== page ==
If you've ever eaten a meal and felt unbearably sick afterward, you can empathize with the fear behind this myth. Food poisoning impacts approximately 48 million people annually, according to the CDC, making it one of the most common illnesses in the United States. With canned fish, the two biggest food-borne illnesses are botulism and scombroid. Canned foods that are severely dented, have bulging lids and/or sides, or show signs of rust can show potential spoilage. Thankfully, botulism is rare in commercially canned goods unless the can is damaged. However, the USDA reinforces that keeping oxygen out of sealed cans is the most important thing to prevent the growth of harmful bacteria, which causes poisons and neurotoxins like botulinum to develop. 

For scombroid fish poisoning or histamine fish poisoning, even canned or preserved fish can be susceptible (via the National Library of Medicine). When transporters don't properly chill the fish throughout the entire transportation process, bacteria can break down the meat of the fish and cause high levels of histamines.

Luckily, doctors can treat scombroid poisoning with over-the-counter antihistamines, according to the Minnesota Dept. of Health, and purchasing from a reputable supplier or brand inspected by the FDA can nearly eliminate this issue. 

10. Myth: Canned tuna is all made of the same type of fish

We can prove this myth false simply by taking a trip down our local grocery store's canned goods aisle. Amongst the towers of vegetables, soups, and canned ravioli are tons of different canned tuna brands with hundreds of labels. The most common labels you'll see, according to the canned seafood magnate Bumble Bee, are "Solid White Albacore Tuna," "Chunk White Albacore Tuna," and "Chunk Light Tuna." There are a few differences between these types. Solid tuna is a whole fillet of fish, but chunk tuna comprises larger pieces of fish. The significant differences, however, come from the labels white and light. 

Per Oceana, the descriptor "white" on a canned tuna label means you're getting only albacore tuna, a larger fish with a pale color and a firm texture. "Light" tuna refers to a smaller species called skipjack tuna that is considered healthier for its lower mercury levels. If you come across a label stating "tonno," "gourmet," or "premium," it contains yellowfin tuna; still, they're more uncommon than albacore and skipjack tuna. 

11. Myth: Canned tuna shouldn't be cooked

This one may be a lesser-known myth, but some people swear that canned tuna is only good for a simple tuna salad recipe. That's a tragedy, considering canned tuna is a versatile ingredient that lends itself beautifully to a huge variety of dishes across many global cuisines. Perhaps the simplest and most well-known of these options is the classic tuna melt. Toasted bread, perfectly melted cheese, and delectable tuna salad elevate a cold tuna sandwich to new heights and can be the perfect way to ease picky eaters into the world of cooked, canned tuna. 

If you're already comfortable with the delicacy that is a tuna melt, try exploring further with this tuna pot pie recipe instead of chicken pot pie. You can create an easy weekday meal with the iconic potluck tuna casserole or even broaden your culinary horizons to the extreme with a crispy, golden tuna croquette.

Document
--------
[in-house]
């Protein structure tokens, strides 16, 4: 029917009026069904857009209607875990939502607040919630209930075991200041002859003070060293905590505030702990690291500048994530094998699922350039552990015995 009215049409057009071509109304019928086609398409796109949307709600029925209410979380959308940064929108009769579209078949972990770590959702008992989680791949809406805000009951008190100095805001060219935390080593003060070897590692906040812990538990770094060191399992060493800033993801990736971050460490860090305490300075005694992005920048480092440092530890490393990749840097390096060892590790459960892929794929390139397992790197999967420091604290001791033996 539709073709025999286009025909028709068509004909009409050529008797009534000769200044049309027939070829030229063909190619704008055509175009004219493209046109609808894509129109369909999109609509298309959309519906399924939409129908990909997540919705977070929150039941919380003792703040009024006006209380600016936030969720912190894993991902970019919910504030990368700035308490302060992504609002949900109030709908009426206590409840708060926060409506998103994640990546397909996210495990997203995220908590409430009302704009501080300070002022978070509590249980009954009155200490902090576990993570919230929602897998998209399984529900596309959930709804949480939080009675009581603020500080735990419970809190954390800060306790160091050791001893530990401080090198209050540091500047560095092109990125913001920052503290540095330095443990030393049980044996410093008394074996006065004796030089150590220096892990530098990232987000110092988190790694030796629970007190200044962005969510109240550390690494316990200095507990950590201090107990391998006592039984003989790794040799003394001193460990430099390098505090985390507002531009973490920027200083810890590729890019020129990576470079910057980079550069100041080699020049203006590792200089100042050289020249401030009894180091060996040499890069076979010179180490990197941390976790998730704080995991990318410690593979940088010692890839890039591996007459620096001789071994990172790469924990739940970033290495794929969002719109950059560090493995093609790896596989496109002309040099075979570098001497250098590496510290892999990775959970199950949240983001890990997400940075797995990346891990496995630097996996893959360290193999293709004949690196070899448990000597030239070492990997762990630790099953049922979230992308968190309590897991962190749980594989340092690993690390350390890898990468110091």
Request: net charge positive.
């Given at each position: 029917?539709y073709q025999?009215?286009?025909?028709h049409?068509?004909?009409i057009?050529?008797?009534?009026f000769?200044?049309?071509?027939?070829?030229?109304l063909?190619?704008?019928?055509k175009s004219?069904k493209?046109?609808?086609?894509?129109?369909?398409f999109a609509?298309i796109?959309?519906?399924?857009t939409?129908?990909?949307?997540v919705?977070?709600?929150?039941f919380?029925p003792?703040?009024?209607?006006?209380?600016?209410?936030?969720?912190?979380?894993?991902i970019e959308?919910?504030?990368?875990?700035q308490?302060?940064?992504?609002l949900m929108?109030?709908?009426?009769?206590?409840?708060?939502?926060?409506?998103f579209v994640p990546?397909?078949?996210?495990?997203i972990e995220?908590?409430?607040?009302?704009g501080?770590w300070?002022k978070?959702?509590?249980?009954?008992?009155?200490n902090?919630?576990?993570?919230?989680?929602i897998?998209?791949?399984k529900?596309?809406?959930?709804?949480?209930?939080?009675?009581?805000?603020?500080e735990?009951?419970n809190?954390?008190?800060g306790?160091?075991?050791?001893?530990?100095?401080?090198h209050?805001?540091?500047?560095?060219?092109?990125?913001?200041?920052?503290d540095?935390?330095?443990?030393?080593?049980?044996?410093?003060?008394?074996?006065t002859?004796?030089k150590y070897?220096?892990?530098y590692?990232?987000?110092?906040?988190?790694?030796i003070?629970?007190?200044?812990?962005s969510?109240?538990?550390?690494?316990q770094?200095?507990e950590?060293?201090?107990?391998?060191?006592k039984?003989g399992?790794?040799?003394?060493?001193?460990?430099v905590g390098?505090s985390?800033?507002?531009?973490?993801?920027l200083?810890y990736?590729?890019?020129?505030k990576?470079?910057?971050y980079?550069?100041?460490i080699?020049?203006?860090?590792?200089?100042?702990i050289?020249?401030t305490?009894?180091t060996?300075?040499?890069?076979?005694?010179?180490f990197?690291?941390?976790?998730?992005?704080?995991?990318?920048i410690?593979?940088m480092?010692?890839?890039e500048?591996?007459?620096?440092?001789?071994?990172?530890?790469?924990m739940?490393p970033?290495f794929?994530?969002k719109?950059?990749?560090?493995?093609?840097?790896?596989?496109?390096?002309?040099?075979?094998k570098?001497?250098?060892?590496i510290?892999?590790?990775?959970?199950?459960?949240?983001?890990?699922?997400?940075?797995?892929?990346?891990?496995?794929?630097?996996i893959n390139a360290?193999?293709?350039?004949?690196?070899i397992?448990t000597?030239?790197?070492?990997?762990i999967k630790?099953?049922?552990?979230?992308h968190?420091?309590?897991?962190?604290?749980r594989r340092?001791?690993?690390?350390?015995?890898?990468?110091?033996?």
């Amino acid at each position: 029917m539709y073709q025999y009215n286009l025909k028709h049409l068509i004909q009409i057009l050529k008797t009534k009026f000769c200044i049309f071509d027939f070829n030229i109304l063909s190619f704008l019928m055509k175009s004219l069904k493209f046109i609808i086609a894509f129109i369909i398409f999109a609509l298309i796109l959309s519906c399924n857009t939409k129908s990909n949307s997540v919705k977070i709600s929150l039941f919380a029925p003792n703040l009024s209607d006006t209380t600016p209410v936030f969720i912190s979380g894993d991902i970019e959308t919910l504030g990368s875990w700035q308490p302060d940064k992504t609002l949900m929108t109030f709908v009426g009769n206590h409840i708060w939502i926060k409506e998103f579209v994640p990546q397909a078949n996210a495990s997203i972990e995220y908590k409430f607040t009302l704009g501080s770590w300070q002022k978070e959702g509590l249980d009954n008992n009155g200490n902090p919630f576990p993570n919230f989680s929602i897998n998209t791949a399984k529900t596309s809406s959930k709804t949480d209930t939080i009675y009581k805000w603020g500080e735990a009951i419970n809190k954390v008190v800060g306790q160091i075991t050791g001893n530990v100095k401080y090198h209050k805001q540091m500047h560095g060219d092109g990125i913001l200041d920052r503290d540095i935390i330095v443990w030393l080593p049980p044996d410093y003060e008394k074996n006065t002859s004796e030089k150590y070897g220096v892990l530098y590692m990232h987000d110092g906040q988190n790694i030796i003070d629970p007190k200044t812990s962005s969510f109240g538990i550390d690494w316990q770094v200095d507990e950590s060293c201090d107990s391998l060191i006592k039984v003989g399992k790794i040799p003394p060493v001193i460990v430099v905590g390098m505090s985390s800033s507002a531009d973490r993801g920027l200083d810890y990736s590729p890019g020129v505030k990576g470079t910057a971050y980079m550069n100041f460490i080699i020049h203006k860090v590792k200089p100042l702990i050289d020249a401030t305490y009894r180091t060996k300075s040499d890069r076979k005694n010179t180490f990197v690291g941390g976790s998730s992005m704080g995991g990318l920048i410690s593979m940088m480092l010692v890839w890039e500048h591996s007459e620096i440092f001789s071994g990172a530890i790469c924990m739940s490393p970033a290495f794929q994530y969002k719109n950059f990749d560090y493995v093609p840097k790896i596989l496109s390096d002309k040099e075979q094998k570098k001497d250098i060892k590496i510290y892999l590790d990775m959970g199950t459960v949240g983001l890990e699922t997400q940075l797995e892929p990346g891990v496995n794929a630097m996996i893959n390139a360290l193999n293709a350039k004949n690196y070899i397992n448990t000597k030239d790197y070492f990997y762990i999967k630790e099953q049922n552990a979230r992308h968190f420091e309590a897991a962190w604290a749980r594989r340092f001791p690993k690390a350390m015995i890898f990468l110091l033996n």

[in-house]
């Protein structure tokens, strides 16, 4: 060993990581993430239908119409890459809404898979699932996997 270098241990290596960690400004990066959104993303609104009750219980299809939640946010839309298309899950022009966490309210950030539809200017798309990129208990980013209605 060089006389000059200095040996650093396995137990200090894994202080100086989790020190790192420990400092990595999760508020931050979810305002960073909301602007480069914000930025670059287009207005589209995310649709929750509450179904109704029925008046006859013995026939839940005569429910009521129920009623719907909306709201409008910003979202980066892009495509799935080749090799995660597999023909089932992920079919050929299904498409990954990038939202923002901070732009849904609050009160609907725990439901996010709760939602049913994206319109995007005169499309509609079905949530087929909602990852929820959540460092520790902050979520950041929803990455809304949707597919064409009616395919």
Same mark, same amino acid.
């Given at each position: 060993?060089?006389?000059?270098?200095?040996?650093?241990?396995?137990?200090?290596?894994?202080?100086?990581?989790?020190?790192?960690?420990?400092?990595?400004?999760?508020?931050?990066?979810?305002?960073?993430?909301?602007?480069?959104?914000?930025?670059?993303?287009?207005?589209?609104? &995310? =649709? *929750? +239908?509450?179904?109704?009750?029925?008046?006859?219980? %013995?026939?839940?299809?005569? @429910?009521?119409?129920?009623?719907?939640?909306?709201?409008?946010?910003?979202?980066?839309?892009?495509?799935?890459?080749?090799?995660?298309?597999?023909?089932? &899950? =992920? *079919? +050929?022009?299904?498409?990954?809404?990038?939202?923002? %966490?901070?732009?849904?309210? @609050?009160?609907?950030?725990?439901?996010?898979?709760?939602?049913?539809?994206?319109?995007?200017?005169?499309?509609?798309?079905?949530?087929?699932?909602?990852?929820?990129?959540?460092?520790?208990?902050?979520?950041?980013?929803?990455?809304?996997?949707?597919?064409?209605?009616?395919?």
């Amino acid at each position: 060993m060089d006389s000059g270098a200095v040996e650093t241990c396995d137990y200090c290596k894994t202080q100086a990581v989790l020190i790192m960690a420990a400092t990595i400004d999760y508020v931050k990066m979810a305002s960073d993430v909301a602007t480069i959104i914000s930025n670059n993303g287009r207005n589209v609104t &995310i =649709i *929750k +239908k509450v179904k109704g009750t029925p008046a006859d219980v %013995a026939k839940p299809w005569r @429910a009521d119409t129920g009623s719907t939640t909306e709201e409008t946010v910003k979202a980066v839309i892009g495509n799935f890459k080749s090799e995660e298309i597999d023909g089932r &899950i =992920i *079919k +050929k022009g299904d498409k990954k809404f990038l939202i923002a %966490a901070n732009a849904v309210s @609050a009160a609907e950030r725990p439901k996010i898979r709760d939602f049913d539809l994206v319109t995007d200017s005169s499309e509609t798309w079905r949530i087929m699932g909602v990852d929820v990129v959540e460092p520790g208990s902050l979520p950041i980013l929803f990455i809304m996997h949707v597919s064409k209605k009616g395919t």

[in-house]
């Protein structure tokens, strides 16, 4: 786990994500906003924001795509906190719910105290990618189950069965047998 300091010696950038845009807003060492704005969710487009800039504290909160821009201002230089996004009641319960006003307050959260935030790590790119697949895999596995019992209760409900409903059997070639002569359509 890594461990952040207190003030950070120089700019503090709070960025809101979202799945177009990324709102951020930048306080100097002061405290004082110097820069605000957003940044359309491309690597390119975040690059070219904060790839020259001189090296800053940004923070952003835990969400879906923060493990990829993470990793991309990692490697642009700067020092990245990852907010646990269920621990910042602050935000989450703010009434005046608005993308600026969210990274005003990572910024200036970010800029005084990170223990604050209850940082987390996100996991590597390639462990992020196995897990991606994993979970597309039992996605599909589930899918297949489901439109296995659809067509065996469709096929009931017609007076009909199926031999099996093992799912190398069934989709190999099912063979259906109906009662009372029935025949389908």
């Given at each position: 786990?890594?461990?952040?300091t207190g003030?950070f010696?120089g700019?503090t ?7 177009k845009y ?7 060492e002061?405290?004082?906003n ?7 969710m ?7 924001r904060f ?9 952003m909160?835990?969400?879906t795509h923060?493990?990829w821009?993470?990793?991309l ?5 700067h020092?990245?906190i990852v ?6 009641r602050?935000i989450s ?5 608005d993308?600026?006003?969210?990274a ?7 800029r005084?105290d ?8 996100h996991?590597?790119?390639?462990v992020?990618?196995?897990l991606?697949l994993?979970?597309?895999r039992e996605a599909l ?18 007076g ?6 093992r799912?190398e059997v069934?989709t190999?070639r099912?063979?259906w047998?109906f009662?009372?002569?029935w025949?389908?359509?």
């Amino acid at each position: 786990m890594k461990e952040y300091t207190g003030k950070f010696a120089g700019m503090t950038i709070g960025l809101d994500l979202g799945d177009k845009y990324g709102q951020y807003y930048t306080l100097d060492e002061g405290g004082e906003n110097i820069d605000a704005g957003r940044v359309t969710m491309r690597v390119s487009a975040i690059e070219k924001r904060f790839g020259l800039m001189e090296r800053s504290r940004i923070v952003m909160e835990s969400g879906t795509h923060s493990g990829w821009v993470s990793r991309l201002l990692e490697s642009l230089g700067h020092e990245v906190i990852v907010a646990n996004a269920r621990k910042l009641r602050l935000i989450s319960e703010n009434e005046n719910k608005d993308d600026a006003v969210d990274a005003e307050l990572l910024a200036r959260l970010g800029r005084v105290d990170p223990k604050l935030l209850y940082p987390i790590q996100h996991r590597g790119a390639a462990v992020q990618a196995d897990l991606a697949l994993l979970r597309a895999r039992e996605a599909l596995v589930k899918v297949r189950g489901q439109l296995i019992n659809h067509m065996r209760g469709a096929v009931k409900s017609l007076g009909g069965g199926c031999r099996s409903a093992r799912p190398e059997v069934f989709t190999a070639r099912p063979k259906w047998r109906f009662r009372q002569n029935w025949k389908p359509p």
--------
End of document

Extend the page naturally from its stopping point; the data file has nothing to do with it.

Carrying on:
12. Myth: You should never buy tuna canned in oil

American diet culture has profoundly impacted our society, and the myth that tuna canned in oil is a taboo foodstuff is a sad byproduct of that. It's a mistake about canned tuna that many make. The truth is tuna packed with oil elevates the flavor, can boost nutrition content, and improves the texture of the canned fish. There are differences between tuna in water versus tuna packed in oil, but both options have their uses depending on the recipe you're working with. 

If you're using tuna in a recipe that requires you to drain and dry the fish, tuna packed in water may be your best bet. Draining oil-packed tuna can actually remove some of the omega-3s it contains. If you want to keep your oil-soluble nutrition content at its highest, avoid canned tuna in oil unless you intend to use the oil in your recipe. If you're looking to splurge or consider yourself a seafood aficionado, gourmet tinned tuna packed in oil makes for some of the most decadent and flavorful fish on the canned seafood market. Things like a delicious marinade, sustainability, and quality can help to justify the cost of some of these more expensive options. If you love tuna, it's worth trying at least once.

13. Myth: Canned tuna is actually chicken

Granted, this one is ridiculous, but you'd be surprised how many people misunderstand the brand Chicken of the Sea. "Just like chicken" is a common colloquial term to describe any meat with a firm texture and a mild flavor. We usually understand the moniker as a joke, especially when we're talking about fish. According to the Chicken of the Sea brand itself, the name came after the brand was originally founded. Chicken of the Sea tells the story this way: "In the early 1900s, tuna fishermen used to joke that white albacore was "the chicken of the sea" because of its mild flavor and light color. If you've ever wondered where our name comes from, now you know!" 

Though tuna differs incredibly from chicken, we can't blame chefs for comparing quality tuna with its firm texture, delicious flavor, and versatility with a staple kitchen ingredient. They both have their place in the kitchen, and with culinary exploration, both can create delicious meals perfect for any palate.